“As a nation we have to say ‘no’ to the onslaught of marketing of sugary drinks to our children,” said Rachel K. Johnson, professor emeritus of nutrition at the University of Vermont and former chair of the AHA’s nutrition committee, in a statement. “We know what works to protect kids’ health and it’s time we put effective policies in place that bring down rates of sugary drink consumption just like we’ve done with tobacco.”
Why are sugary drinks bad?
Childhood obesity rates have more than tripled since the 1970s, according to the Centers for Disease Control and Prevention, and sugary drinks are one of the many factors that have contributed to this rise. Other factors include a lack of physical activity, poor sleep routines, and the overall consumption of higher-calorie, low-nutrition foods.
Sugary beverages are any drinks that contain added sugar. That includes not only most sodas, but fruit drinks, sports drinks, energy drinks, sweetened waters and coffee and tea beverages. There are also many different names for added sugar that might not immediately be apparent but show up on food labels, such as corn syrup, sucrose, and dextrose.
Juices can also be made with added sugars on top of the natural sugars already present in the fruits. They should not be given to kids under a year old and given in limited quantities to toddlers, according to the AAP. Instead of juice, consider eating whole fruits for their maximum nutritional value with fiber.
“For children, the biggest source of added sugars often is not what they eat, it’s what they drink,” Dr. Natalie D. Muth, a pediatrician and lead author of the policy statement, told ABC News.
Muth said that on average, children consume over 30 gallons of sugary drinks each year -- that's a bathtub full of sugar -- and that 17 percent of kids are getting their daily recommended amount of calories from sugary drinks rather than nutrient-dense foods.
“As a pediatrician, I am concerned that these sweetened drinks pose real — and preventable — risks to our children’s health, including tooth decay, diabetes, obesity and heart disease,” Muth said.
In a statement from the American Beverage Association (ABA), the trade group that represents the large non-alcoholic beverage companies, a spokesman told ABC News that “while soda consumption has declined by a third, the obesity rates have increased by a quarter, so if obesity was solely related to soda, it should’ve also gone down if they were directly correlated.”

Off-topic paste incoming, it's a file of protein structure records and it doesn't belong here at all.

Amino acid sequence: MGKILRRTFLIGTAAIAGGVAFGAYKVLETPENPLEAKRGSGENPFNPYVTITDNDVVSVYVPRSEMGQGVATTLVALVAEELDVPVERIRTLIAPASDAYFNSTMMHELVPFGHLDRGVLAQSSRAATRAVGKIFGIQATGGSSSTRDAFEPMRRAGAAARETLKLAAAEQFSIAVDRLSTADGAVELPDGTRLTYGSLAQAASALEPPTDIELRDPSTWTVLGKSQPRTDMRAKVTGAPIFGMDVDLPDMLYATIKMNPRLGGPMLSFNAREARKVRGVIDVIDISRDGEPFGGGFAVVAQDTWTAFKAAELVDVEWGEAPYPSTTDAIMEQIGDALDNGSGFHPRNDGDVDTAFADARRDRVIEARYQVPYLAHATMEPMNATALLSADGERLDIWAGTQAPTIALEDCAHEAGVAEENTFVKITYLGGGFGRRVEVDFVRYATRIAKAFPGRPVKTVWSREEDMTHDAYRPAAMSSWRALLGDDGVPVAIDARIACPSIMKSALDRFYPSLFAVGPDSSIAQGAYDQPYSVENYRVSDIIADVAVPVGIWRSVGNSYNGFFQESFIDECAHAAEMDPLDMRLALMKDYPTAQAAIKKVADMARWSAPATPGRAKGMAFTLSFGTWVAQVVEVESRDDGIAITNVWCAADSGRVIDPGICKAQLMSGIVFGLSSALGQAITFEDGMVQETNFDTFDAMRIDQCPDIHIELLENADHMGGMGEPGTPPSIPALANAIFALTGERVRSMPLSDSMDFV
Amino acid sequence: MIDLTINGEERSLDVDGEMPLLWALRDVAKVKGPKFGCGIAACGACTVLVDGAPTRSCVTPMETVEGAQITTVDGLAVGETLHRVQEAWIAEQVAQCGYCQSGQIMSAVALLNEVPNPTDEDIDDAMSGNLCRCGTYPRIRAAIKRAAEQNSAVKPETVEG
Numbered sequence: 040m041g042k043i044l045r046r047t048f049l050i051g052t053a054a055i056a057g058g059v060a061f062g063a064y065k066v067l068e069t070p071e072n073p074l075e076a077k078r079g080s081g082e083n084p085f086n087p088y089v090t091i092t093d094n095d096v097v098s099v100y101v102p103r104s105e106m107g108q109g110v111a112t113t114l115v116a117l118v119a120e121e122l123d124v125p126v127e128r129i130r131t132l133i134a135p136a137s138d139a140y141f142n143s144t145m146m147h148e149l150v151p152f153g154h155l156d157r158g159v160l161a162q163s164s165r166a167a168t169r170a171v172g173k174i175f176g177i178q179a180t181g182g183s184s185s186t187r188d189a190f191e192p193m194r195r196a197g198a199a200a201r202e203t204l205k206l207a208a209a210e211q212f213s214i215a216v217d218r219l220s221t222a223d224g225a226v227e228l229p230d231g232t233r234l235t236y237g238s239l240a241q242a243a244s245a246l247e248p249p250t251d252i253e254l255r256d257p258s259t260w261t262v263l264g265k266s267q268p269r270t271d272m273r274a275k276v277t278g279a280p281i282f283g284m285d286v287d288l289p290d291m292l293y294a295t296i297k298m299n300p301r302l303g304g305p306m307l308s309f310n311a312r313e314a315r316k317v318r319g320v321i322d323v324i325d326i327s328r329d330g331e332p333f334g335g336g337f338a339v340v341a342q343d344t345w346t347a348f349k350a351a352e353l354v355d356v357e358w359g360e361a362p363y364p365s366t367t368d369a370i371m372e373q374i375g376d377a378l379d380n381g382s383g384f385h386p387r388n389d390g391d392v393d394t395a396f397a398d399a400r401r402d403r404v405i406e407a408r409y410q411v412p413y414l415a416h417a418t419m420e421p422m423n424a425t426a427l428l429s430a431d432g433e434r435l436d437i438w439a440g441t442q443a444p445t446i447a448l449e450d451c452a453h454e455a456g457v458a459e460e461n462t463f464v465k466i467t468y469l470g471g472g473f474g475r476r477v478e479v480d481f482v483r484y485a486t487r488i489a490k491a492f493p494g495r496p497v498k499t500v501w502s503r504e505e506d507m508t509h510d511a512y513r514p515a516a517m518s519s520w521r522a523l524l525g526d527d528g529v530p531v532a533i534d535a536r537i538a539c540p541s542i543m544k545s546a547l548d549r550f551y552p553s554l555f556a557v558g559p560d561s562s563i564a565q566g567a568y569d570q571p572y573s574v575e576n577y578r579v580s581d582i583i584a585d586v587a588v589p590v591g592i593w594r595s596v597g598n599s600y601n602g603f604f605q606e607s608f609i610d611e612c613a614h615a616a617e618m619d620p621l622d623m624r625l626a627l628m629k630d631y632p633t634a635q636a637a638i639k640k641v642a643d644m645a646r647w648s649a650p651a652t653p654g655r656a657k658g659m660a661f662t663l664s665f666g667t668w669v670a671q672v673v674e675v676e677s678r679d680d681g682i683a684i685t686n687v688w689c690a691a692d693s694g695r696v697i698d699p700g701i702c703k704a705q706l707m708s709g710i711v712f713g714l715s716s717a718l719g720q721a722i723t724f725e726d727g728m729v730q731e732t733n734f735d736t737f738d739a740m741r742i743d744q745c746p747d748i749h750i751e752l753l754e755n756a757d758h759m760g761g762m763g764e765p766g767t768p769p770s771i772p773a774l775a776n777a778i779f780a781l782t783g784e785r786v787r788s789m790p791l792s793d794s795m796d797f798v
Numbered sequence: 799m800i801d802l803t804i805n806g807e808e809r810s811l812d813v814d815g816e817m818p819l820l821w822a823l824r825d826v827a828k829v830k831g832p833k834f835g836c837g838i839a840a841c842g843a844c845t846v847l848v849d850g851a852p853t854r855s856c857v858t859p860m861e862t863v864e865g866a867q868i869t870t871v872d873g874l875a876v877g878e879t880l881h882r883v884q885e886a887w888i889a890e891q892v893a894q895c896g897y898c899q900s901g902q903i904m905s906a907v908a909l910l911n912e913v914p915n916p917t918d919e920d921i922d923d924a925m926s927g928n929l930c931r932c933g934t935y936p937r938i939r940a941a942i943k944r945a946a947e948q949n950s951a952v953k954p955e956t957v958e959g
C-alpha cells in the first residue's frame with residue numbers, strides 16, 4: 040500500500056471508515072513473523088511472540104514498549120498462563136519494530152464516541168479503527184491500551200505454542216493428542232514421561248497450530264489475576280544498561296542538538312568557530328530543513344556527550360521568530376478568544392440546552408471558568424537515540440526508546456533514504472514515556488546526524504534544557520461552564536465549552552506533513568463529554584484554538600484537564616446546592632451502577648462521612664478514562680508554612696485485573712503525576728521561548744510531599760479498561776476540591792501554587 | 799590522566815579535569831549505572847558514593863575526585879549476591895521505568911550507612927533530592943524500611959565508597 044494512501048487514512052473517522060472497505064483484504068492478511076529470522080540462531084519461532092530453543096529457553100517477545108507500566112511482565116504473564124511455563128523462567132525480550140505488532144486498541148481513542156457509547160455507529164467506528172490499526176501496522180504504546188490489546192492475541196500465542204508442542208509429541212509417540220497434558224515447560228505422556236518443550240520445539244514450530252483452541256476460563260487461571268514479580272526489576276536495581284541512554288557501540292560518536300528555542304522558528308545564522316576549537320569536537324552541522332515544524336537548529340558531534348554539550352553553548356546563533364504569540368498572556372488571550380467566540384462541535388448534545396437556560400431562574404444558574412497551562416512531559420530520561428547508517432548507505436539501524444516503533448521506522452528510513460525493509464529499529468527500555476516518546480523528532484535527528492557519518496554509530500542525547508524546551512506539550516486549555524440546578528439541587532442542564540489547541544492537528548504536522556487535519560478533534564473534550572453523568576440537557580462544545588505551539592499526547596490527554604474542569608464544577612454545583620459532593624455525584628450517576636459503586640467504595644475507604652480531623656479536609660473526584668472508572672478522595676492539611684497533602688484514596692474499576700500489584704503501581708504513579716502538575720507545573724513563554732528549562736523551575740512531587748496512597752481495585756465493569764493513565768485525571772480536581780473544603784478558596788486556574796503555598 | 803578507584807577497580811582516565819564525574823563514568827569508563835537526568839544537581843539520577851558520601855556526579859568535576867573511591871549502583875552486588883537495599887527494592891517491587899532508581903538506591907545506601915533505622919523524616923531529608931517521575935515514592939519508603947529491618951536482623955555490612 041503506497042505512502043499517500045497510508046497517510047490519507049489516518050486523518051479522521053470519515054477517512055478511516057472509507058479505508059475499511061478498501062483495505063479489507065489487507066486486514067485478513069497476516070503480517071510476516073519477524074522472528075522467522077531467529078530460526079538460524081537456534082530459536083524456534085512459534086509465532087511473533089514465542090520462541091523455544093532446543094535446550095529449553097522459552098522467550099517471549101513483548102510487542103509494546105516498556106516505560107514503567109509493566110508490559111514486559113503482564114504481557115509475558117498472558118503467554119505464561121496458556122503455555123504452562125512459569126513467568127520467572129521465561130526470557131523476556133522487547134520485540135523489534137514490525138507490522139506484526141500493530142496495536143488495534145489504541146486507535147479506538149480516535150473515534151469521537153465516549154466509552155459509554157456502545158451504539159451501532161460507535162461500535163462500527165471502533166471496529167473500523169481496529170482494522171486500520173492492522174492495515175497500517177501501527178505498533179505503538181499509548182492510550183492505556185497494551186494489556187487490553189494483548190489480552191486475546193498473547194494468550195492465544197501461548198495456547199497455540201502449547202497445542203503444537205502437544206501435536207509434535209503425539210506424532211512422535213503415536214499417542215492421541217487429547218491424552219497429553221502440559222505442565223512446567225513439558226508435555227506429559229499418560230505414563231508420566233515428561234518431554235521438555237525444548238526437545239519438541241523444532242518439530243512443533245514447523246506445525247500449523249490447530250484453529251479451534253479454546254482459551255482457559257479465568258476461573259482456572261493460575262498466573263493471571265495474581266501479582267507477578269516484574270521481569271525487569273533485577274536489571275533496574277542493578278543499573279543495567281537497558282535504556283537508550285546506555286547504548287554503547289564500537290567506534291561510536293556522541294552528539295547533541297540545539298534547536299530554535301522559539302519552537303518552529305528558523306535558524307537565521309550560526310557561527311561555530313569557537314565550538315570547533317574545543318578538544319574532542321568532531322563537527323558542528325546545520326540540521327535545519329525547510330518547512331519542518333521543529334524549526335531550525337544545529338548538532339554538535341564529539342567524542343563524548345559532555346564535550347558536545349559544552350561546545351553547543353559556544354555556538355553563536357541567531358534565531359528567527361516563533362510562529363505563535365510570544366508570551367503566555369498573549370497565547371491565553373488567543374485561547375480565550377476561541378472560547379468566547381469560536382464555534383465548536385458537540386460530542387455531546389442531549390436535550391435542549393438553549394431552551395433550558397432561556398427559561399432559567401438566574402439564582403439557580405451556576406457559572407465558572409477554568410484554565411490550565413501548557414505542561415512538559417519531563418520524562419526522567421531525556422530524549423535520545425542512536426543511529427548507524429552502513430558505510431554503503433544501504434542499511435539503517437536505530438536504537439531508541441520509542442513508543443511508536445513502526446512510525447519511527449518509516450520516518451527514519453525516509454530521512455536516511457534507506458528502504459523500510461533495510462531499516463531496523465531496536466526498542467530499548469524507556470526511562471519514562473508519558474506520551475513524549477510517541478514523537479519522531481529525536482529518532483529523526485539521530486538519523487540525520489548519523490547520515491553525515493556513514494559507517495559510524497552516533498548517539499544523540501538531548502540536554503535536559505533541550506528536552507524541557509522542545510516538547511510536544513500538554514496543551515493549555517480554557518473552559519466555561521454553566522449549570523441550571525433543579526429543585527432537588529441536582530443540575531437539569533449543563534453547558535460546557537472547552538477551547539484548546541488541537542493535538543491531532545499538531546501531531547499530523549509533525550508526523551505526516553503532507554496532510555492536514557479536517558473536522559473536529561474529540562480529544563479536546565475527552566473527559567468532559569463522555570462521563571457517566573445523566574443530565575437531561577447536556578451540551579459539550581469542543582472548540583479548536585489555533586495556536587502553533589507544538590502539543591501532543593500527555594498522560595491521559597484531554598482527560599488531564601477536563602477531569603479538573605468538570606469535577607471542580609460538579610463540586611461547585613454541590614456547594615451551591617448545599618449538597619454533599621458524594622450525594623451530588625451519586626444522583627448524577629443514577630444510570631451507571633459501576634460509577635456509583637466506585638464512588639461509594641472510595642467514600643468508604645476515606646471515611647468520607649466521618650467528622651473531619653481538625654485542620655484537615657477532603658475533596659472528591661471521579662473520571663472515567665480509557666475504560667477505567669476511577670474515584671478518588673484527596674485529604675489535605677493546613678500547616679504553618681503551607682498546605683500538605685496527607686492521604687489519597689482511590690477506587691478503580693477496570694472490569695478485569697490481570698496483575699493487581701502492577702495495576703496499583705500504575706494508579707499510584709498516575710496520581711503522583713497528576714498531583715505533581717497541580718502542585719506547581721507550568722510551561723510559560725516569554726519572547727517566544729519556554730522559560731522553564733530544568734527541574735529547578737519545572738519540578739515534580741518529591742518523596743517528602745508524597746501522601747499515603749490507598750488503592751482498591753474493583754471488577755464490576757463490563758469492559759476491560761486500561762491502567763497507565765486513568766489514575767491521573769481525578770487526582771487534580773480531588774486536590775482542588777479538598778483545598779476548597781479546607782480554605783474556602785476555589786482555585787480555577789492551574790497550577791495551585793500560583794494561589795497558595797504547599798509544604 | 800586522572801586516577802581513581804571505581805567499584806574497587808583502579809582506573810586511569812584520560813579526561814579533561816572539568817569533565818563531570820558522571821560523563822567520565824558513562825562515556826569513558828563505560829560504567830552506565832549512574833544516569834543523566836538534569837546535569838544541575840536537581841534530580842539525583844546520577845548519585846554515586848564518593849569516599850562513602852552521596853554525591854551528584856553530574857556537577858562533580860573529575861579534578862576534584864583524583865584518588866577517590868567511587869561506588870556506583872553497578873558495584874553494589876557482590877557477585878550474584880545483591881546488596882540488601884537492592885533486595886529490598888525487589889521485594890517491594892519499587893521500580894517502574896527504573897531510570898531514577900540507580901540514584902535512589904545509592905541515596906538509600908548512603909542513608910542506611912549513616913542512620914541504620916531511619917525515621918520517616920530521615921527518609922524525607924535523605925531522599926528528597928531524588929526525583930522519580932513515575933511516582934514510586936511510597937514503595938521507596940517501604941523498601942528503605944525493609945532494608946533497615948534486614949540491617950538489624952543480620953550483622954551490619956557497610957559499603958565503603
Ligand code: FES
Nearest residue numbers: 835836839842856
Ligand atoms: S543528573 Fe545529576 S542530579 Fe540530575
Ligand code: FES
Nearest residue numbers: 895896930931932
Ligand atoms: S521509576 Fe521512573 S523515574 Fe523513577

Will these recommendations make a difference?
One of the AHA and AAP’s strongest recommendations is to introduce taxes on drinks with high sugar content, a move that has already shown success in several cities across the U.S. and other countries.
Berkeley, California, for example, was the first U.S. city to pass a tax on sugary drinks, which went into effect in 2015. In the two years after the tax went into effect, a study found that consumption of sugary drinks fell by 52 percent while water consumption rose by 29 percent. By comparison, there were no significant changes in sugary beverage consumption in San Francisco or Oakland, the two cities closest to Berkeley.
In other areas of public health, such as alcohol abuse and cigarette smoking, the implementation of higher taxes has also led to reductions in their use.
Muth said that the taxes would, in part, go back to the communities being taxed to help improve health. In Philadelphia, for example, she said that the money generated from a soda tax goes to pre-K programs in neighborhoods where people are most likely to buy sugary drinks. Incidentally, these neighborhoods also tend to be ones with lower socioeconomic status, which also tend to be the ones disproportionately targeted in ads for unhealthy foods and drinks.
In their statement, the ABA spokesman said that instead of additional taxes and regulations, “a better way to help reduce the amount of sugar consumers get from beverages...includes putting parents in the driver’s seat to decide what’s best for their children.”
“We are supporting parents who want less sugar in their kids’ diets by creating more drinks than ever before with less or no sugar, as well as smaller portion sizes, and by backing efforts to make water, milk or 100 percent juice the default beverages restaurants serve with children’s meals,” the spokesman continued, adding that it is working to reduce beverage calories consumed by 20 percent by 2025.
The guidelines released Monday are not waiting for the future, though. The AHA and AAP want parents to talk to their kids about healthy drink options and encourage them to drink only milk and water without drinks high in sugar as part of their diets. It’s important to teach kids how to read labels so that they can take initiative with their health.
What can parents do?
Muth recommended three ways parents can help:
· Starting at a young age, make water and milk the only available drinks for your kids. Eliminate sugary drinks at home, if possible, and give kids a fun, refillable water bottle that they can carry with them wherever they go. Parents should be role models by not consuming sugary drinks themselves.
· Teach kids that water and milk are the norm, even when going out to eat.
· Starting at around 7 or 8 years old, kids can start to recognize marketing tactics. Parents should talk to their children about these strategies that companies use to make them buy more drinks.
Jamie Felzer, MD, MPH, is an internal medicine resident from Scripps Clinic in San Diego, California, who is working with the ABC News Medical Unit.